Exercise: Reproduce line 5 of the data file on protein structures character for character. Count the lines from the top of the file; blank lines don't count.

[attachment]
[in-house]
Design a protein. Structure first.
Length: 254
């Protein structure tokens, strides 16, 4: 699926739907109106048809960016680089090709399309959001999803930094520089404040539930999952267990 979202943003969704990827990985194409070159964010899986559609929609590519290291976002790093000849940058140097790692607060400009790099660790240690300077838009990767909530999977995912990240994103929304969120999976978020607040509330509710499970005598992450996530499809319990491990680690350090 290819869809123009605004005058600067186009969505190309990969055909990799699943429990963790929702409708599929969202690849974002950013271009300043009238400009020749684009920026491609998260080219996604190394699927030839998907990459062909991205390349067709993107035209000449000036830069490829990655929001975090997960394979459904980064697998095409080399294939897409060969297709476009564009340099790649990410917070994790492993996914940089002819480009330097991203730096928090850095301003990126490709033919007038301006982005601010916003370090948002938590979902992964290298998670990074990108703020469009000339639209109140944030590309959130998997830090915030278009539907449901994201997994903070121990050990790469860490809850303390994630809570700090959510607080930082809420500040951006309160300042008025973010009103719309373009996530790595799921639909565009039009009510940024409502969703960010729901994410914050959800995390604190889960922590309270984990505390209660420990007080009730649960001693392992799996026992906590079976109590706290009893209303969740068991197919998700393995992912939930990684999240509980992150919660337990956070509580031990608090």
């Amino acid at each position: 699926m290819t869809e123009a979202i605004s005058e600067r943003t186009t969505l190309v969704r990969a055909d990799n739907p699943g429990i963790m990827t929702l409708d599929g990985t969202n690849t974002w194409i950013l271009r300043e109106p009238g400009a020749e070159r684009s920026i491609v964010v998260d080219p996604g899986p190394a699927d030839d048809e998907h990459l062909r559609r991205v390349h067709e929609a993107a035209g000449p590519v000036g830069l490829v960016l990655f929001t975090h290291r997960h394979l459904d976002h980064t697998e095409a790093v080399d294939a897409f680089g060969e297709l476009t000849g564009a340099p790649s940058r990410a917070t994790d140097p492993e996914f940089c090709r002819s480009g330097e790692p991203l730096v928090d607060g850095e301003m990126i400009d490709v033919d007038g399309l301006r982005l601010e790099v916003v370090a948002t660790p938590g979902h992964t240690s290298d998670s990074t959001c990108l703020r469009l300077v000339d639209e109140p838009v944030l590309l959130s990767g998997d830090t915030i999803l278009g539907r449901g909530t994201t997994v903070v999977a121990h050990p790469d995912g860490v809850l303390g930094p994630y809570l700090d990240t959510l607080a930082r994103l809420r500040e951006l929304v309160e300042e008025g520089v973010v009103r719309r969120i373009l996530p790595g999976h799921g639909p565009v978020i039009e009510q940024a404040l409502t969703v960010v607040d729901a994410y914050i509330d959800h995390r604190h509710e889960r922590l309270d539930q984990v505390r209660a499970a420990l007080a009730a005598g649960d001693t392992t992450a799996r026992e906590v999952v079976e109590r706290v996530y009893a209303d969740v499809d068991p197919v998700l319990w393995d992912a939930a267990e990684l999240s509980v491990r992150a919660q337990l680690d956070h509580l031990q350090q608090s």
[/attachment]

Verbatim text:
């Amino acid at each position: 699926m290819t869809e123009a979202i605004s005058e600067r943003t186009t969505l190309v969704r990969a055909d990799n739907p699943g429990i963790m990827t929702l409708d599929g990985t969202n690849t974002w194409i950013l271009r300043e109106p009238g400009a020749e070159r684009s920026i491609v964010v998260d080219p996604g899986p190394a699927d030839d048809e998907h990459l062909r559609r991205v390349h067709e929609a993107a035209g000449p590519v000036g830069l490829v960016l990655f929001t975090h290291r997960h394979l459904d976002h980064t697998e095409a790093v080399d294939a897409f680089g060969e297709l476009t000849g564009a340099p790649s940058r990410a917070t994790d140097p492993e996914f940089c090709r002819s480009g330097e790692p991203l730096v928090d607060g850095e301003m990126i400009d490709v033919d007038g399309l301006r982005l601010e790099v916003v370090a948002t660790p938590g979902h992964t240690s290298d998670s990074t959001c990108l703020r469009l300077v000339d639209e109140p838009v944030l590309l959130s990767g998997d830090t915030i999803l278009g539907r449901g909530t994201t997994v903070v999977a121990h050990p790469d995912g860490v809850l303390g930094p994630y809570l700090d990240t959510l607080a930082r994103l809420r500040e951006l929304v309160e300042e008025g520089v973010v009103r719309r969120i373009l996530p790595g999976h799921g639909p565009v978020i039009e009510q940024a404040l409502t969703v960010v607040d729901a994410y914050i509330d959800h995390r604190h509710e889960r922590l309270d539930q984990v505390r209660a499970a420990l007080a009730a005598g649960d001693t392992t992450a799996r026992e906590v999952v079976e109590r706290v996530y009893a209303d969740v499809d068991p197919v998700l319990w393995d992912a939930a267990e990684l999240s509980v491990r992150a919660q337990l680690d956070h509580l031990q350090q608090s």